NEW DELHI, August 17, 2016: An extraordinary move by PM Modi’s Office is sure to make thousands of Sikhs happy. The 32-year old Government blacklist that banned Sikh NRIs from 212 families to visit India has been scrapped and in election-bound Punjab, this move was much appreciated by the community, mentioned a leading news portal.
The blacklist affected most of the non-resident Sikhs who were residents in the UK, US and Canada. It was the Congress Government who made the blacklist after the Operation Bluestar in 1984 and the 1985 Kanishka bombings.
As known to all, Operation Bluestar was brought into effect under the order of PM Indira Gandhi. The operation took place between June 3- 8 June in 1984 and it was to remove Sikh militants who were accumulating weapons in the Harmandir Sahib Complex (now Golden Temple) in Amritsar, in order to establish control over the place.
The blacklist was brought into being as Sikh militants were spreading terror back then. As a result, Sikh militant groups were investigated for the bombing and there were several arrests in Canada. Explosives on the board of a Boeing-747 aircraft, Air India’s Kanishka that was flying the Montreal-New Delhi route resulted in destruction. 329 passengers, who were Canadian-Indians in the majority were killed while it was over Irish airspace.
Sources said the decision of the Government to remove the blacklist is likely to be headed by the additional secretary of the home ministry who had examined the blacklist, and 212 cases of a total of 324 were removed, reported ET Bureau.
Apart from that, remaining cases were examined and removed from the blacklist as well bringing relief to many NRI Sikhs. The officials who were in charge of the decision did not want to be identified.
Further, the ET bureau reports mentioned that the Intelligence Bureau have opposed the decision of removing the ban. During PM Modi’s visit to UK and Canada, there were several representations from Sikh NRI groups who urged him for the reconsideration of the India travel ban for Sikhs. Therefore Modi’s office delved deep into the matter. As a result, a committee was set up after which members of Intelligence Bureau was asked to reexamine each case minutely.
When detailed case studies were done, it was found that the names that were jotted down in the blacklist were random and that without investigation entire families were included in the list who had no connection to the incident. Apart from that, the surprising part is that the blacklist was never publicly acknowledged. Therefore for all these years, there were numerous visa denials and Sikh NRI communities were barred from visiting India. This led to the rise of thousand of voices who termed the act as systematic discrimination.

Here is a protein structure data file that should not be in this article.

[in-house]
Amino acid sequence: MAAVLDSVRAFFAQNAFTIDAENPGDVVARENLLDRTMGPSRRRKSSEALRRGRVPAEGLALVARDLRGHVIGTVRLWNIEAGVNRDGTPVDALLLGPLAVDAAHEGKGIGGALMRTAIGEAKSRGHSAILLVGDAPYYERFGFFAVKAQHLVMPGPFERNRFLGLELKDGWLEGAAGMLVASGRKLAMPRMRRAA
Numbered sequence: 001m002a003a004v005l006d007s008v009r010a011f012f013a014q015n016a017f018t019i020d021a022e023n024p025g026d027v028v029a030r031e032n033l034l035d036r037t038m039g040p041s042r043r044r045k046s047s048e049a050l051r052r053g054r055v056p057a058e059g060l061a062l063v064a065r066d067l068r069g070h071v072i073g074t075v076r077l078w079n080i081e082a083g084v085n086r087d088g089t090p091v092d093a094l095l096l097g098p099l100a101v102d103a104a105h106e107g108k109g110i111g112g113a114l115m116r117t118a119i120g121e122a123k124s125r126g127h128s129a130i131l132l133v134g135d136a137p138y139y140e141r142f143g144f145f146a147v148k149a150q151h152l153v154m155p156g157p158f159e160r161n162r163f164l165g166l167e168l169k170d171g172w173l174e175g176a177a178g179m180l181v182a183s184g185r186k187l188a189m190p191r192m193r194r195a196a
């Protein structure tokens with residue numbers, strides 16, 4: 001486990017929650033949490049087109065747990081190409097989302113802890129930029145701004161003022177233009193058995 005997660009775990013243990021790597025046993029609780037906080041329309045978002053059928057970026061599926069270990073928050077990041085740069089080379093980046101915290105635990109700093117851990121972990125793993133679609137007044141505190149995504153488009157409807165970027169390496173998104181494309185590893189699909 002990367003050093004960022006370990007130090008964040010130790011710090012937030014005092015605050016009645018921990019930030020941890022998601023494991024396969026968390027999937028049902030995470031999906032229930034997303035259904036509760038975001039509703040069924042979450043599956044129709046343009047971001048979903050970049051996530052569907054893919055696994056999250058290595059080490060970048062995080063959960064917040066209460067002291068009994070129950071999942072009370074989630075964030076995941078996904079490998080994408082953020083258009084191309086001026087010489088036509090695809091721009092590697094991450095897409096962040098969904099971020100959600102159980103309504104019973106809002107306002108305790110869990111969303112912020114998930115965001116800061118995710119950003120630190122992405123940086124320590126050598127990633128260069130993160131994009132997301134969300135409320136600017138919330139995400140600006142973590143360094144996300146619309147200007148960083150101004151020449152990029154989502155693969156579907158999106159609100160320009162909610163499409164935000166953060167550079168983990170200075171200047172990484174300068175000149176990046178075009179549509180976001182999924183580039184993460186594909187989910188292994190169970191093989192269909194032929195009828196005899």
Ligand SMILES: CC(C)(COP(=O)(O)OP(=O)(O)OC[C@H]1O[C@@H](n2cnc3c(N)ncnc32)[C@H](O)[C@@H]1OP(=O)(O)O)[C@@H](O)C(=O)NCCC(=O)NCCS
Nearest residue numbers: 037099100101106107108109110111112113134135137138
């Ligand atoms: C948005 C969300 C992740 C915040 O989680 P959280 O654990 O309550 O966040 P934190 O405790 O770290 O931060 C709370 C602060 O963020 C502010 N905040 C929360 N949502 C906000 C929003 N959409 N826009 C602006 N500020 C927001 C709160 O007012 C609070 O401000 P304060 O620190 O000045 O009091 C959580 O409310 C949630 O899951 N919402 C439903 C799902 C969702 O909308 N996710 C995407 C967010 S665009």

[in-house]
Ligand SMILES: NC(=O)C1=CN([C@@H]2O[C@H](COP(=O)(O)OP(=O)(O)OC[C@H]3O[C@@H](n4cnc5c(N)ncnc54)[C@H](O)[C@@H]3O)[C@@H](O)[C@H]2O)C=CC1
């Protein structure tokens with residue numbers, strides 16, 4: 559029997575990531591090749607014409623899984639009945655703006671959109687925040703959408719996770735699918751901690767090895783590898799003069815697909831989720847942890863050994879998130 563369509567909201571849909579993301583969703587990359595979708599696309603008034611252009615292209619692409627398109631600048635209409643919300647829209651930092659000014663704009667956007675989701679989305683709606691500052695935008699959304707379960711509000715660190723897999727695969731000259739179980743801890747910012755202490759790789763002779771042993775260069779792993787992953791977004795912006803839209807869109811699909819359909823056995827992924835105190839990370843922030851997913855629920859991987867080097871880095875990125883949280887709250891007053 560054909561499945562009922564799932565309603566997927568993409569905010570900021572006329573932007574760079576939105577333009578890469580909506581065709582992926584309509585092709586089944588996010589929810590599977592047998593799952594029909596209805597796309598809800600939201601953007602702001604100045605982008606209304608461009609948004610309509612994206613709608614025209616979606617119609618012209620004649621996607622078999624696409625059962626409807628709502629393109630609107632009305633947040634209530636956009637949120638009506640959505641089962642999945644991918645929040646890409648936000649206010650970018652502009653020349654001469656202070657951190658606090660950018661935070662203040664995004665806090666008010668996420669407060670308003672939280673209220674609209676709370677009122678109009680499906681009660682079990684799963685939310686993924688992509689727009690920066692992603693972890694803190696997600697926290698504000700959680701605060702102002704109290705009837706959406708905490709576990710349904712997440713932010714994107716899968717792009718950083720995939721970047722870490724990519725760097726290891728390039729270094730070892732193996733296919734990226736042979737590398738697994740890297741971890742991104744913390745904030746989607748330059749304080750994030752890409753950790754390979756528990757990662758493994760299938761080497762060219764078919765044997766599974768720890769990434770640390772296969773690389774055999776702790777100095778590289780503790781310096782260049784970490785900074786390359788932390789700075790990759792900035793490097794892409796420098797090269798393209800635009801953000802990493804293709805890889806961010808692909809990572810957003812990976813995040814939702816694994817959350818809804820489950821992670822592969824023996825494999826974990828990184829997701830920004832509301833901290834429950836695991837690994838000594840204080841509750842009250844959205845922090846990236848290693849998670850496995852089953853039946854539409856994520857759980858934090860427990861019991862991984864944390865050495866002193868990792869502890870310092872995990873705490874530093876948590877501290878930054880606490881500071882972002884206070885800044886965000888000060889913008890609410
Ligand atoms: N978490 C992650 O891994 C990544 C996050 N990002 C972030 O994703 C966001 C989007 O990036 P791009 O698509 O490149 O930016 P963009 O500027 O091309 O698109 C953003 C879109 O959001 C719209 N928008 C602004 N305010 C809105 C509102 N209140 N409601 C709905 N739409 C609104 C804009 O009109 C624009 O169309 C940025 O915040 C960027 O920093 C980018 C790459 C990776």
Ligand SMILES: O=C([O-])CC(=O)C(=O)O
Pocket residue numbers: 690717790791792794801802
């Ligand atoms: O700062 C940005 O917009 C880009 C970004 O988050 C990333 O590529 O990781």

Pakistani Prime Minister Imran Khan will lay the foundation stone Wednesday for what is dubbed as a cross-border “corridor of peace” to allow religious devotees from India’s minority Sikh community to make free visits to one of their holiest gurdwaras, or temples, on the Pakistani side after more than seven decades.
The temple, known as Gurdwara Darbar Sahib, is considered to be the first temple ever built and the final resting place of Guru Nanak, the Sikhism founder.
Indian leaders, on behalf of the Sikh community, have long been demanding Islamabad provide unrestricted access to the holy site in Kartarpur, in Pakistan’s Punjab province.
India’s and Pakistan’s independence from Britain in 1947 divided the Punjab province, where Sikhism was born.
Indian Vice President Venkaiah Naidu performed the groundbreaking Monday on his side of the corridor at a ceremony just two kilometers from the Pakistani border.
The mutually agreed-to project is rare between the two nuclear-armed South Asian rivals. Historically strained ties have deteriorated in recent years and bilateral official talks remain suspended.
The fenced corridor of about five kilometers aims to connect the Kartarpur temple to the Sikh holy shrine at Dara Baba Nanak in India’s Gurdaspur district. Officials say the corridor will be in place for the 550th anniversary of Guru Nanak’s birth in November 2019.
Khan’s government has invited, among others, Indian officials and journalists for Wednesday’s groundbreaking in Kartarpur, three kilometers from the border with India. An Indian ministerial-level delegation is expected to attend the ceremony as special envoys of Prime Minister Narendra Modi.
“Pakistan calls this a corridor of peace. I call it the corridor of infinite possibilities of peace,” Indian Punjab provincial minister Navjot Singh Sidhu told reporters shortly after arriving in Pakistan for the ceremony. He crossed the border by foot at the Wagah crossing near the eastern Pakistan city of Lahore to attend the event at the invitation of his friend, Prime Minister Khan.
Members of the Sikh community on both sides have welcomed the construction of the cross-border corridor linking the two holy sites.
Indian pilgrims currently must seek visas to enter Pakistan and travel more than 200 kilometers to visit the Kartarpur shrine. The temple is visible on clear days from a viewing stage on the Indian side, where religious devotees gather every day to have a glimpse of it.
India and Pakistan have fought three wars, and mutual tensions often hamper pilgrims’ plans to get timely visas to visit the shrine. Two of those wars have been over the disputed Kashmir region, which remains at the center of tensions. (VOA)